Florida Sea Grant wants to hear from boaters to gauge their understanding of boating activities and practices. More specifically, they want to know what and where additional sewage disposal resources are needed from boaters while traveling the waterways of the Sunshine State through an online survey. This survey, also available in Spanish, is for anyone who boats in Florida for recreation only, regardless of whether they own or rent a watercraft. The survey is part of a larger needs assessment that aims to determine the recreational boating community’s current level of knowledge, attitudes and behaviors regarding sewage waste management. Click here to learn more about this citizen science project. You can also contact Florida Sea Grant at (352) 562-1134 or by e-mail Victoria Gambale at

Like fishing? Help round up invasive fish.

Florida’s southwest waterways are home to numerous invasive freshwater fish species. They are growing in abundance. Scientists believe they may be causing detrimental changes to the native fish communities. Help reduce these nonnative invasive fish numbers at the 2024 Southwest Florida Invasive Fish Roundup, April 25-28, hosted by the Southwest Florida Cooperative Invasive Species Management Areas (CISMAs). This event is held to raise public awareness about the potential negative impacts of releasing invasive fish into Florida waters, and to encourage anglers to target these invasive species. The roundup will also gather data about invasive fish distribution and abundance that can assist with future management. Prizes will be awarded. For more information and to register, click on this link.

Help keep shorelines healthy and restoring those in need.

Shoreline monitoring and habitat restoration need the eyes and attention of citizen scientists. Vincent Encomio, Florida Sea Grant Extension agent for Martin and St. Lucie counties, leads a shoreline monitoring and habitat restoration project in southeast Florida. He is working with University of Central Florida on a Florida Sea Grant-funded project to collect shoreline data. The data is being used to develop computer models for planning living shoreline restoration projects.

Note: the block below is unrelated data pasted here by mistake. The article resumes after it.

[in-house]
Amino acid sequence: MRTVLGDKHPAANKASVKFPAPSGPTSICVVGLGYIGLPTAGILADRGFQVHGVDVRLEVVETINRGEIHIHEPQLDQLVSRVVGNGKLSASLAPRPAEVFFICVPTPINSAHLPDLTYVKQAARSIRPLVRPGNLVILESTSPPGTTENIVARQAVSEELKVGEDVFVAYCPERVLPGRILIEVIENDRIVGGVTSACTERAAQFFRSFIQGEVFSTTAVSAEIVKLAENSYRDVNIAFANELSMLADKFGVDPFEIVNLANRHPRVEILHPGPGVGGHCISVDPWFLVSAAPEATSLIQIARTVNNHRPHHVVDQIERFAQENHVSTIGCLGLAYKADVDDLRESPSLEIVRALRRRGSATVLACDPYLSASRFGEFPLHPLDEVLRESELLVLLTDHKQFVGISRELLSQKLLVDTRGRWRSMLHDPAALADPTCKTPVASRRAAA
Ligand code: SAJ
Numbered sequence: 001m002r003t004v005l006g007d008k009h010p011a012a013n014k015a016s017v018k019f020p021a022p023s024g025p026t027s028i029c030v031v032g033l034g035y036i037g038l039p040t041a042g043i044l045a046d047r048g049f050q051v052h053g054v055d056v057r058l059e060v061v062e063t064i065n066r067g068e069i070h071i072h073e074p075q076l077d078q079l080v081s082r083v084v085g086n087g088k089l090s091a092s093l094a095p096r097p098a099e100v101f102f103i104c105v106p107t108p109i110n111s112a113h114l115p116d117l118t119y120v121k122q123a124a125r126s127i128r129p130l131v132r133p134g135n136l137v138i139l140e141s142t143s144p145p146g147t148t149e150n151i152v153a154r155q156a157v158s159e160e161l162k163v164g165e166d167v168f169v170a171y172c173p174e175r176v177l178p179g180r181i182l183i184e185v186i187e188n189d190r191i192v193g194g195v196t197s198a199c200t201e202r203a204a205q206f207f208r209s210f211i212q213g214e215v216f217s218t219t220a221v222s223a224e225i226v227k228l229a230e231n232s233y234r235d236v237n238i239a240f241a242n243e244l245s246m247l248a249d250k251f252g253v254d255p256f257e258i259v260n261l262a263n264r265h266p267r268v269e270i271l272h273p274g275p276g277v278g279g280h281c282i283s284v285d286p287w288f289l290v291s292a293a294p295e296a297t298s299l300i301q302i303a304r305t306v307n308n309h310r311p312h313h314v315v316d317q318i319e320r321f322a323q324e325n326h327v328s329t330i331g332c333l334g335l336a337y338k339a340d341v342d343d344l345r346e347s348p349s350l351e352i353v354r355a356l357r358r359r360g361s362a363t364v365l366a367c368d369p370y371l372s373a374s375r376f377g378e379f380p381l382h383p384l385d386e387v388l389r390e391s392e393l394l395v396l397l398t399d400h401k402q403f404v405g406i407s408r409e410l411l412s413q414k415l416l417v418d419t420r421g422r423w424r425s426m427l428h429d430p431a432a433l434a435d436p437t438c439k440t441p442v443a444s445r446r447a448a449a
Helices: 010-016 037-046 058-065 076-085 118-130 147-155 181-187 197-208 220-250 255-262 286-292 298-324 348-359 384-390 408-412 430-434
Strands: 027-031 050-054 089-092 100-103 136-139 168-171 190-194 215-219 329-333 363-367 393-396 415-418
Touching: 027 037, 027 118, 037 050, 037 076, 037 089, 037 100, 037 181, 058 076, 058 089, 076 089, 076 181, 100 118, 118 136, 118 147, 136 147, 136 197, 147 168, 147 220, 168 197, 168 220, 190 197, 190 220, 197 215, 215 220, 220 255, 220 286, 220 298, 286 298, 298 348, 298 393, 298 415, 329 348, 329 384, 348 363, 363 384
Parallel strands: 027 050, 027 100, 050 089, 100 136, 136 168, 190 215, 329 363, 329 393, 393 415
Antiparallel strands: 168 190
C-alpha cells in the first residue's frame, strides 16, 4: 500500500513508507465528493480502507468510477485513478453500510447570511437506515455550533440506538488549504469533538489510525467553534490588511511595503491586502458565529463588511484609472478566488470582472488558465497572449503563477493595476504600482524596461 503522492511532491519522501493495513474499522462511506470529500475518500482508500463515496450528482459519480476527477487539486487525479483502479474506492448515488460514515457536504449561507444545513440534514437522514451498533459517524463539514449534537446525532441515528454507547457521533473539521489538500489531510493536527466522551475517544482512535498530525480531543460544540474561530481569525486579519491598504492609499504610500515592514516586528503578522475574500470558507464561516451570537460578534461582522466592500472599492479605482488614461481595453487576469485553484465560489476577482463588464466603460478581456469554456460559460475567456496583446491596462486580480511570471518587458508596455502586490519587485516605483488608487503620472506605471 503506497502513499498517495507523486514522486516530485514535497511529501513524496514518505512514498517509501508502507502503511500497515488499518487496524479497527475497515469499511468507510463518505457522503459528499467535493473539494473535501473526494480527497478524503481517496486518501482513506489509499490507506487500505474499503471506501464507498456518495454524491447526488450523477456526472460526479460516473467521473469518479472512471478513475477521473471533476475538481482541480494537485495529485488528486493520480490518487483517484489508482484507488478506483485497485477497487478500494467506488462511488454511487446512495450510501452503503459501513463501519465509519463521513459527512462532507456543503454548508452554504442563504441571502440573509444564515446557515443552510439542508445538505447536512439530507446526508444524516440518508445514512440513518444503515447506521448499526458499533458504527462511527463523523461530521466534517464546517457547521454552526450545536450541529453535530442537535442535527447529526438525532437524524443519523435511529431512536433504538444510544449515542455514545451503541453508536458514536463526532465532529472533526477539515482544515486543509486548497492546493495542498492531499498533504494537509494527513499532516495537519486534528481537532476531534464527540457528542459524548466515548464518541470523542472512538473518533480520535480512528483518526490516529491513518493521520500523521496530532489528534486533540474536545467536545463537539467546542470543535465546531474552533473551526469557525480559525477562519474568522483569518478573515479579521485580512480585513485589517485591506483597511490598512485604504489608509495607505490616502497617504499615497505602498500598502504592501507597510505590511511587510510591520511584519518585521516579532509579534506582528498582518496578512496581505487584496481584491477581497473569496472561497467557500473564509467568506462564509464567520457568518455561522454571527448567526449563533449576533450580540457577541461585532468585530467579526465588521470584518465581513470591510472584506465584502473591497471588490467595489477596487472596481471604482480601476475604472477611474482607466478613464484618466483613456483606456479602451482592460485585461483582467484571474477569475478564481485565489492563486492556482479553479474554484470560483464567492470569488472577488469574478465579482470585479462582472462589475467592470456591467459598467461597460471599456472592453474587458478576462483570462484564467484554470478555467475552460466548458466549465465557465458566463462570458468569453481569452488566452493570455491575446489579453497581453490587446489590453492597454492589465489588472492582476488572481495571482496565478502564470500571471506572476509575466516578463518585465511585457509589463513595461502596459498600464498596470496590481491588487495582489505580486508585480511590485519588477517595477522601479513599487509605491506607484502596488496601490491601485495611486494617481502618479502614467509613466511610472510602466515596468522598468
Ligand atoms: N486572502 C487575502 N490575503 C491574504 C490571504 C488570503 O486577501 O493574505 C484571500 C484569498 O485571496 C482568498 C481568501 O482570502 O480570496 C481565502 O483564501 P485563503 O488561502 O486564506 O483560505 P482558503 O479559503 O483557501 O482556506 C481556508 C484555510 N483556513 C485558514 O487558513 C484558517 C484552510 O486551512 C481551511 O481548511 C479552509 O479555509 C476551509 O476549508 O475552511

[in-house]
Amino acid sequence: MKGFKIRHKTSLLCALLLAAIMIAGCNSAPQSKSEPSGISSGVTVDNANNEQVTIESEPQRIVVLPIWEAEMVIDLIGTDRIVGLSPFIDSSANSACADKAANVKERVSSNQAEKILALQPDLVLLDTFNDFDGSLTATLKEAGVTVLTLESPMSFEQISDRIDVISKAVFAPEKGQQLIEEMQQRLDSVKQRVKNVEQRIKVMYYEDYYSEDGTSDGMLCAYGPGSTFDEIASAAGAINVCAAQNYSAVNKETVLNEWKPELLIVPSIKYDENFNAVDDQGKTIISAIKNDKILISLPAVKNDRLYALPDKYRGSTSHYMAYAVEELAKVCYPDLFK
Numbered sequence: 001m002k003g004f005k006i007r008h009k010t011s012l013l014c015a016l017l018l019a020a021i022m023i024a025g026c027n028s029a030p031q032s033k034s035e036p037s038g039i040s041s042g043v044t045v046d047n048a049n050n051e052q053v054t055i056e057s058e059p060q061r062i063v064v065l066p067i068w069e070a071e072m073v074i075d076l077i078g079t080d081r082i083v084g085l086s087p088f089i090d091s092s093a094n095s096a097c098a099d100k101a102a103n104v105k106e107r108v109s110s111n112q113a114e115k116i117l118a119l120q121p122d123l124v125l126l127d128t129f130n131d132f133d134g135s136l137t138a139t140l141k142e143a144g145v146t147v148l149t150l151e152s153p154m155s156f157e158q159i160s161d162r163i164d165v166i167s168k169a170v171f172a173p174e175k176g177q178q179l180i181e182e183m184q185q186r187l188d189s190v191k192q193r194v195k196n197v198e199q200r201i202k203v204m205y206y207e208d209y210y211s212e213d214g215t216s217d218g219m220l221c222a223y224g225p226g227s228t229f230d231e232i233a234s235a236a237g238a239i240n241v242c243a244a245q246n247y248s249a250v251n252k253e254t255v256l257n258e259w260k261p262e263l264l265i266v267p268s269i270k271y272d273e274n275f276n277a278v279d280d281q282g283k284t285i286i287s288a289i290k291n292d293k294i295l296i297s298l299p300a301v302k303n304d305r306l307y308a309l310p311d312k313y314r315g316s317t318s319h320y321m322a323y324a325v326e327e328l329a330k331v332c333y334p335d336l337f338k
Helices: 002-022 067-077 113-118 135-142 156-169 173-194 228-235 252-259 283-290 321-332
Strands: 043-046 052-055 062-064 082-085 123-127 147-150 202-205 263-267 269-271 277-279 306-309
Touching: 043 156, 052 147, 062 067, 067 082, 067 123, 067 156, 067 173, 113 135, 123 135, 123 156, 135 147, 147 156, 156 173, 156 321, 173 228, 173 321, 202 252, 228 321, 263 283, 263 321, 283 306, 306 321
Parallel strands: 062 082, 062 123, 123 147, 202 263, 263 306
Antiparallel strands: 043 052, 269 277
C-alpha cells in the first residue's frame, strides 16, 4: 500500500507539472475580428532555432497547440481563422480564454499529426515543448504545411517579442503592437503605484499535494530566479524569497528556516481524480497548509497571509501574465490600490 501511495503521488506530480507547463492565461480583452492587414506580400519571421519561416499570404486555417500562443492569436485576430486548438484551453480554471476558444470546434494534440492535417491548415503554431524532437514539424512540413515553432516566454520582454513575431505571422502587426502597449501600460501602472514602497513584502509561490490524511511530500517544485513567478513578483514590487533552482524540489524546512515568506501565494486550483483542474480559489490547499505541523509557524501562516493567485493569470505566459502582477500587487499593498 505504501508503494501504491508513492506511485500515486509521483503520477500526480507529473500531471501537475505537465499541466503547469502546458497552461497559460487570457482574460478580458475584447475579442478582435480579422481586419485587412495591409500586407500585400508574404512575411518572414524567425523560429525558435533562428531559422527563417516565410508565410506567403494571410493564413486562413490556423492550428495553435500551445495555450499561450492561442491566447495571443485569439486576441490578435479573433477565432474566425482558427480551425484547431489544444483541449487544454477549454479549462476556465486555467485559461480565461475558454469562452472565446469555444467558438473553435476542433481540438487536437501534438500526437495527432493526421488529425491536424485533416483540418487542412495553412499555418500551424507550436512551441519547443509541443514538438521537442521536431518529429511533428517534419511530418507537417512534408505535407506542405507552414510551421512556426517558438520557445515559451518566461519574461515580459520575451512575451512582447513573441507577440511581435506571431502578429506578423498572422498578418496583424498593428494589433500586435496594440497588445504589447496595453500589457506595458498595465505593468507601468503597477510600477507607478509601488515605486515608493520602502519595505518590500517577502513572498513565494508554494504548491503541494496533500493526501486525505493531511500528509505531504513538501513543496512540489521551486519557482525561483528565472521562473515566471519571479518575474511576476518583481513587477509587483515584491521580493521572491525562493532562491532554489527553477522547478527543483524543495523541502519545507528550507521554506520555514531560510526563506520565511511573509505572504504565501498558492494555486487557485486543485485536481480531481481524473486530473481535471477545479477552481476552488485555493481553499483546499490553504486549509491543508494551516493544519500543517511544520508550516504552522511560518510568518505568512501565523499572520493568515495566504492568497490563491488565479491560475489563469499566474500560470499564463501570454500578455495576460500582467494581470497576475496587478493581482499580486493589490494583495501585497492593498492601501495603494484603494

The program has volunteer workdays for adults and youth. He typically works with youth through 4-H, summer camps, and schools. He also works on community-based shoreline restoration projects with adults and youth volunteers, ranging from oyster to shoreline vegetation plantings. Shoreline monitoring and restoration activities are occasional and typically project dependent. For more information, email

South Florida, join the City Nature Challenge.

The race is on to support biodiversity in a big way. Cities in ​Palm Beach, Broward, Miami-Dade and Monroe counties have partnered as the South Florida team in the City Nature Challenge (CNC). Don’t live in South Florida? Other municipalities have set up their own teams like Alachua and Polk Counties. Kicking off April 26 at 12:01 a.m. CNC runs through May 1 at 11:59 p.m. Now in its ninth year, the City Nature Challenge is a global event that calls on current and aspiring nature and science fans, people of all ages and education backgrounds, and community scientists to observe and submit pictures of wild plants, animals and fungi using the free mobile app iNaturalist. Looking to see if your county or city has set up a team? Contact your local UF/IFAS Extension office to find out. Participation is easy.



By Lourdes Mederos,


The mission of the University of Florida Institute of Food and Agricultural Sciences (UF/IFAS) is to develop knowledge relevant to agricultural, human and natural resources and to make that knowledge available to sustain and enhance the quality of human life. With more than a dozen research facilities, 67 county Extension offices, and award-winning students and faculty in the UF College of Agricultural and Life Sciences, UF/IFAS brings science-based solutions to the state’s agricultural and natural resources industries, and all Florida residents.  |  @UF_IFAS


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Posted: April 4, 2024

Category: UF/IFAS
Tags: Boating, CISMAs, Citizen Science, Citizen Science Month, City Nature Challenge, Climate Change, Environment, Environmental Horticulture, Family, Florida Sea Grant, Fort Lauderdale Research And Education Center, Institute Of Food And Agricultural Sciences, Landscape Water Survey, News, SoFLo City Nature Challenge, Southwest Florida Cooperative Invasive Species Management Areas, Southwest Florida Invasive Fish Roundup, UF Extension Wildflower Bioblitz, UF IFAS Fort Lauderdale Research And Education Center, UF/IFAS Extension, UF/IFAS Extension St. Lucie County